1. Atlas Search for Natural Language Processing Applications


    Atlas Search is a full-text search feature embedded directly into MongoDB Atlas, MongoDB's hosted database-as-a-service offering. It allows you to perform text search queries on your data stored in MongoDB, taking advantage of advanced text search capabilities like autocomplete, scoring, highlighting, and more. This can be particularly useful for creating natural language processing (NLP) applications, where the ability to search and analyze text in large datasets is crucial.

    To create an Atlas Search index using Pulumi, you would use the mongodbatlas.SearchIndex resource. The following program will demonstrate how to do this.

    We'll start by creating a simple Atlas Search index that could be used for a theoretical NLP application, where the index is defined on a MongoDB collection that could contain documents related to customer feedback or other text data.

    Remember to replace placeholders like "<your-project-id>", "<your-cluster-name>", and "<your-collection-name>" with actual values corresponding to your MongoDB Atlas setup.

    import pulumi import pulumi_mongodbatlas as mongodbatlas # Before attempting to use the code, make sure you've set up your MongoDB Atlas provider in Pulumi. # You can configure your MongoDB Atlas provider by following the guide at: # https://www.pulumi.com/registry/packages/mongodbatlas/installation-configuration/ # To create a search index, you need to specify the following properties: # `projectId`: The unique identifier of the project your cluster is in. # `clusterName`: The name of the MongoDB cluster the index will be in. # `database`: The name of the database that contains the collection you're indexing. # `collectionName`: The name of the collection you're indexing. search_index = mongodbatlas.SearchIndex("search-index", project_id="<your-project-id>", cluster_name="<your-cluster-name>", database="<your-database>", collection_name="<your-collection-name>", mappings_dynamic=False, # Here we could specify more settings for the search index, such as 'analyzer', 'searchAnalyzer', 'mappingsFields', etc. # Depending on the requirements of your NLP application. mappings_fields='{"dynamic": false, "fields": {"title": {"type": "string"}}}', # For an NLP application, you might use custom analyzers to handle complex text searching. analyzers=[ { "name": "myCustomAnalyzer", "charFilters": [{"type": "htmlStrip"}], "tokenizer": {"type": "edgeGram", "minGrams": 2, "maxGrams": 5, "tokenChars": ["letter", "digit"]}, "tokenFilters": [ {"type": "lowercase"}, {"type": "asciifolding"}, {"type": "stop", "ignoreCase": True, "removeTrailing": True} ] } ] ) # Output the status of the search index. pulumi.export("search_index_status", search_index.status)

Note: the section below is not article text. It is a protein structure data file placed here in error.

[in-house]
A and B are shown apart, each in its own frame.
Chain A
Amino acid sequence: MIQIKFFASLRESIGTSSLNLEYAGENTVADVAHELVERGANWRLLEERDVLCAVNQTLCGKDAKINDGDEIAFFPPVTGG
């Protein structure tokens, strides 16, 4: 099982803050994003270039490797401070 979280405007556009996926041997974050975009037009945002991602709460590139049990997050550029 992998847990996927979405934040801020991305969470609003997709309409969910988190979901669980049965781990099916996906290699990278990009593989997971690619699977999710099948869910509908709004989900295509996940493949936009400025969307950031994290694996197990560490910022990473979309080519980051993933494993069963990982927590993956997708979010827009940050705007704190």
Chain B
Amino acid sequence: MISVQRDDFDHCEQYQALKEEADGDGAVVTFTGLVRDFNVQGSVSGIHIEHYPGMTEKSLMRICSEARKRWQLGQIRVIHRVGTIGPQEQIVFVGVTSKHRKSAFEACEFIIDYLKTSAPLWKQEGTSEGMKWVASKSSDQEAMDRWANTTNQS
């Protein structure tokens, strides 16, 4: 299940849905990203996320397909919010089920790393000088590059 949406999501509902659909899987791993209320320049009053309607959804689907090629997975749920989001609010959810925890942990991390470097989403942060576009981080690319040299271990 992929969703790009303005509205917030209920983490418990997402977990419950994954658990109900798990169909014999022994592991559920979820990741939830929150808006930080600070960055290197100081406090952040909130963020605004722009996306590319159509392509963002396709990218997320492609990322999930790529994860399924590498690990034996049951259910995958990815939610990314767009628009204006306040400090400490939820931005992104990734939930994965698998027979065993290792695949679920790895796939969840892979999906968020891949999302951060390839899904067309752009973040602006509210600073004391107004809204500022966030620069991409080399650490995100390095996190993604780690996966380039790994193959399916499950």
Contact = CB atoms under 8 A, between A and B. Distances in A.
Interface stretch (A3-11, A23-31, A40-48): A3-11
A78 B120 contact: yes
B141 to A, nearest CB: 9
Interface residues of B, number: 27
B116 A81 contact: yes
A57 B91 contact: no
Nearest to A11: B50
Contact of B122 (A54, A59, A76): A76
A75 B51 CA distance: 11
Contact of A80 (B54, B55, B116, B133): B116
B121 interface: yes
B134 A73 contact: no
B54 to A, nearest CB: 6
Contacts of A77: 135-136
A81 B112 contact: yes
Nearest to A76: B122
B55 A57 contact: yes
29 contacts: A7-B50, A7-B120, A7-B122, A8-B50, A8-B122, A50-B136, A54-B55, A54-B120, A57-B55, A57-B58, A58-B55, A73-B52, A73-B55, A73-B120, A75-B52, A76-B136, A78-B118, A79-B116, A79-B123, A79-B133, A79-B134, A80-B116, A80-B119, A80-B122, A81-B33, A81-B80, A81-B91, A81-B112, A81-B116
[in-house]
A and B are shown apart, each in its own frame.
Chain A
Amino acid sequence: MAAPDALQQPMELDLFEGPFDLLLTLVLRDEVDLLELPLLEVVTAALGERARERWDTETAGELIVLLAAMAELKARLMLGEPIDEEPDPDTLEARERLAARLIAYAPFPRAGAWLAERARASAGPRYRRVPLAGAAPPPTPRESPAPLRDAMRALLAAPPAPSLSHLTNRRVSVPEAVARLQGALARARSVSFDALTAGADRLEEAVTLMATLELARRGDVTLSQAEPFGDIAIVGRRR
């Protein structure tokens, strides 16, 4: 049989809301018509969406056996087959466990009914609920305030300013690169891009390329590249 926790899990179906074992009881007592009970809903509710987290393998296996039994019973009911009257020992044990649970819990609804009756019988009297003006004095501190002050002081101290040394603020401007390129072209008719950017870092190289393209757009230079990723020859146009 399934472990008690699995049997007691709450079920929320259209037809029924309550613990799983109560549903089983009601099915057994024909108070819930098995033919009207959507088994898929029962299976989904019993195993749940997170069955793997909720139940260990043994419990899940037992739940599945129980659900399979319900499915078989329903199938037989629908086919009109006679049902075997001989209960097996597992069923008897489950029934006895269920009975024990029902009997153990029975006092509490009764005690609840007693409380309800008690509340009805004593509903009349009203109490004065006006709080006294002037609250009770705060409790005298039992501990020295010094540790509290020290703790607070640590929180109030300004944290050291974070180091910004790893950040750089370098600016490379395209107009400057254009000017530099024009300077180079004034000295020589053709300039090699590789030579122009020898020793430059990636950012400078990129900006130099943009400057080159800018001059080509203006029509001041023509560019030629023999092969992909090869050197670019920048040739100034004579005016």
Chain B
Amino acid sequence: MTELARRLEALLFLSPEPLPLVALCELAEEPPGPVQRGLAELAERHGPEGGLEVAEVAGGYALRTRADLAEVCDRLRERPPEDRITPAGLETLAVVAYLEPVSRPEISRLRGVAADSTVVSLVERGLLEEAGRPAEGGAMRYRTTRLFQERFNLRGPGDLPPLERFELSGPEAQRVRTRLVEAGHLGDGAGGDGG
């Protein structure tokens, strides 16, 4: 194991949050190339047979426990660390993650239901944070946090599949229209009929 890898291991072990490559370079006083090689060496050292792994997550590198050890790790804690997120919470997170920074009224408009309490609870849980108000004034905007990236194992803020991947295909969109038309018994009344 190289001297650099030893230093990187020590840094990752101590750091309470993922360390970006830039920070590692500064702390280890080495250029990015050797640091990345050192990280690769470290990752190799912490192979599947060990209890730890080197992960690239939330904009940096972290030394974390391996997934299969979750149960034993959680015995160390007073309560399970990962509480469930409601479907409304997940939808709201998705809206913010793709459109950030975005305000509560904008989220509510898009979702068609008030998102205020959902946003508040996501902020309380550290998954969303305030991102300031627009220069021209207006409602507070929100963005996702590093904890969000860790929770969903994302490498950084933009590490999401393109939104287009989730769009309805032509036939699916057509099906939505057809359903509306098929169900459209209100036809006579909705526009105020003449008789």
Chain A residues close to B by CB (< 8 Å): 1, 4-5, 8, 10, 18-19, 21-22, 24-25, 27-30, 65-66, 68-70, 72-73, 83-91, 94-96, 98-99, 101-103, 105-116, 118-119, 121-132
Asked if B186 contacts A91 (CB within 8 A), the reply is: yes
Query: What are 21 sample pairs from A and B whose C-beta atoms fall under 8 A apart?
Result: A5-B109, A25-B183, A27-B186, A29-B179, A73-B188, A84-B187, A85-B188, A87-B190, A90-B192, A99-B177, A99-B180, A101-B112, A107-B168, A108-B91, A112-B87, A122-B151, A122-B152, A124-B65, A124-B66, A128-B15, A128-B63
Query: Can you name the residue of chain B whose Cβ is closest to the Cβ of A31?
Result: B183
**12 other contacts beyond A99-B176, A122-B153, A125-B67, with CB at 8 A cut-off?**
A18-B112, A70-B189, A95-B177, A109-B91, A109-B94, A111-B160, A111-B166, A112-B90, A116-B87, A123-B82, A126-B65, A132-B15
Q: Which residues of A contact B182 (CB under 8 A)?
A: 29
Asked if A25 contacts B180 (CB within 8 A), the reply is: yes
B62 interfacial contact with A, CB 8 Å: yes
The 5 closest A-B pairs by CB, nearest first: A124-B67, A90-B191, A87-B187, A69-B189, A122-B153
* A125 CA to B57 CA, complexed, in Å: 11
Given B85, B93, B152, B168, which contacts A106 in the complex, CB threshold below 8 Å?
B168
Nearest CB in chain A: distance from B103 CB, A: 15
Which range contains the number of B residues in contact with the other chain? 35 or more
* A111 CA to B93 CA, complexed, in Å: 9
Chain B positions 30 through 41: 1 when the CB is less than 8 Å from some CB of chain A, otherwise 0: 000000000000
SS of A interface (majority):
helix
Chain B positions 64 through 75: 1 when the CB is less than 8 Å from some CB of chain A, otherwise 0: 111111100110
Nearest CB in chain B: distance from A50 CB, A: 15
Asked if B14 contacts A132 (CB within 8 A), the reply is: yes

This Pulumi code sets up an Atlas Search index with a dynamic mapping. The dynamic mapping is set to False, meaning you'll specify exactly which fields you want indexed and how. In this example, it demonstrates setting up an index on the title field as a string. However, in a real-world NLP application, you would likely index multiple fields and potentially use more extensive mappings to suit your specific needs.

    Custom analyzers are also included in this sample to showcase how you could process text data in different ways—lowercasing, stripping HTML characters, handling stop words, and more—which are crucial operations in text analysis for NLP.

    As you work with Atlas Search, you may need to adjust the properties of SearchIndex and its analyzers to better match the content and structure of your data, as well as the requirements of your search queries.

    Remember to check the Pulumi MongoDB Atlas package documentation for detailed information about each property that can be configured for the SearchIndex resource.